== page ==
EM: Thanks for your time Dan.

You can download Alga’s Aralia EP for free from Lost Oscillation’s website.

Boomtown Releases Its 2016 Mainstage Line­ups

Feb
07

So it’s coming to the time of year when everyone starts crawling out of the gym wondering what the hell happened to January. We’ve just spent a month trying to reverse what a couple of weeks binging on Aldi’s finest booze, and sugar riddled treats can do to our otherwise, I’m sure, trim and sculpted bodies. Nevertheless memories of sunnier and happier days start to filter through, hazy flickering memories of a time when being outside didn’t mean wearing more layers than a family sized lasagna and when sitting in a field listening to music was not only possible, but a pleasurable experience at that.

Yep you guessed it, it’s time to think about festivals, and Boomtown is one I have been itching to see a line­up for. It’s a festival which is well-known for its rich atmosphere and freedom of expression. It even comes with its own warped dystopian storyline, one that develops year on year, with last years saga seeing the union of the brainwashed ‘Comrade Jose’ (formally Mayor Burrita José) and ‘The Sheriff’. A move that led to the building of the ‘Bang High Palace’, a huge, nine story fire-breathing behemoth of a main stage. Erupting with vicious drum and bass, the palace was erected as a monument to the strength of the new totalitarian alliance, and it worked, right up until the end of the four days, when a speech by ‘Comrade José’ was hijacked by a masked figure heralding the beginning of a new uprising and a new revolution, the tantalising cliffhanger for the next chapter in the Boomtown legend.

Never pinning itself down to any specific genre, Boomtown really rewards the wanderer, you can find yourself raving in a hidden wood one second then skanking on a sun drenched amphitheatre of a hillside the next. Quite literally, the nine different districts making up this brilliantly peculiar pop up city each boast its own flavour of musical delights, from the Latino carnival mood of ‘Barrio Loco’ to the futuristic neon drenched buildings of ‘DSTRKT 5’, a stroll around boomtown is as spicy and unpredictable as a liger (Editor’s Note: Liger) in a curry house. So all in all I don’t think I can be blamed for my, let’s be honest, childish anticipation for the “immersive audio­visual joyride” that is Boomtown. Especially when you look at the wide variety of well known names hitting the many stages this year.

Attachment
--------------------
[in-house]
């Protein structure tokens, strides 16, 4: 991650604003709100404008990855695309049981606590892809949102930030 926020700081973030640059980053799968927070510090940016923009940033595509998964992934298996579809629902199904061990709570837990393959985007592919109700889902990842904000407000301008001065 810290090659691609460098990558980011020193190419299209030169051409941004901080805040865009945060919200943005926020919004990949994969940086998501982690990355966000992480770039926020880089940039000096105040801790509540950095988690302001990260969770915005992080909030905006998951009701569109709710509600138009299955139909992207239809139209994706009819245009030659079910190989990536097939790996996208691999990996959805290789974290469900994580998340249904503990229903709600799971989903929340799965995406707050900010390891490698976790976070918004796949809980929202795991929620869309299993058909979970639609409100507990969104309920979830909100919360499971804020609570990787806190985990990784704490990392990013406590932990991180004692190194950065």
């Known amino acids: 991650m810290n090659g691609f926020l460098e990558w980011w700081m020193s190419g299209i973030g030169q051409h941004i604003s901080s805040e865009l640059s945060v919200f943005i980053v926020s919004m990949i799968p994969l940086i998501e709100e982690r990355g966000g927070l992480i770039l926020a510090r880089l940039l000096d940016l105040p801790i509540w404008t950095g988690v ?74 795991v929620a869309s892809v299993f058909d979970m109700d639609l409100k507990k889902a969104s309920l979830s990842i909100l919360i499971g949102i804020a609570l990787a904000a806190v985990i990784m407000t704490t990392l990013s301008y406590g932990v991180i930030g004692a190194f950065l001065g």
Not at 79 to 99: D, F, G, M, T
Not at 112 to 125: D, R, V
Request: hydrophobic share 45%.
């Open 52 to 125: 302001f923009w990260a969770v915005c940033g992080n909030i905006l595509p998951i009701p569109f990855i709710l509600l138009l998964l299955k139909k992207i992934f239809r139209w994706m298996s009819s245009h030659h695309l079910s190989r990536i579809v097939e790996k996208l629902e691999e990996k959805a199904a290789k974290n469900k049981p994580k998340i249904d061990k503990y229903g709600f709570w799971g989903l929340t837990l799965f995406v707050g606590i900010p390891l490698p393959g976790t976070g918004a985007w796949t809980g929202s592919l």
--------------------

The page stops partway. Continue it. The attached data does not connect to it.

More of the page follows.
Damian Marley, reggae legend in his own right, returns to the UK’s biggest reggae stage ‘Lion’s Den’, alongside the Kiwi seven ­piece Fat Freddy’s drop and classic skank merchants Madness. In the centre Boomtown’s self proclaimed musical “melting pot” ‘Town Center’ looks to be living up to its reputation this year, setting up to host electronic dignitaries Leftfield and Parov Stelar alongside the ‘Fun Lovin’ Criminals’’ eclectic mix of hip-­hop, funk. Over in ‘DSTRKT 5’ ‘Bang Hai Palace’ is back and immense as ever, looking ready to blast its drum and bass propaganda to the masses with Roni Size and DJ Krust reuniting to mark 20 years of Full Cycle Records, as well as a b2b from DJ Hype and DJ Hazard. Boomtown wouldn’t Boomtown without it’s vast menagerie of hidden spaces and secret stages, and this year looks to be no different. Names like the unpredictable Glaswegian house, disco (and.. well, everything else) connoisseur Jackmaster, renowned for being “one of the most talented and versatile DJs there is” lining up alongside Radio 6 funk and soul stalwart Craig Charles to grace some of the more enigmatic stages sprinkled around Boomtown, the spirit of exploration is clearly still alive.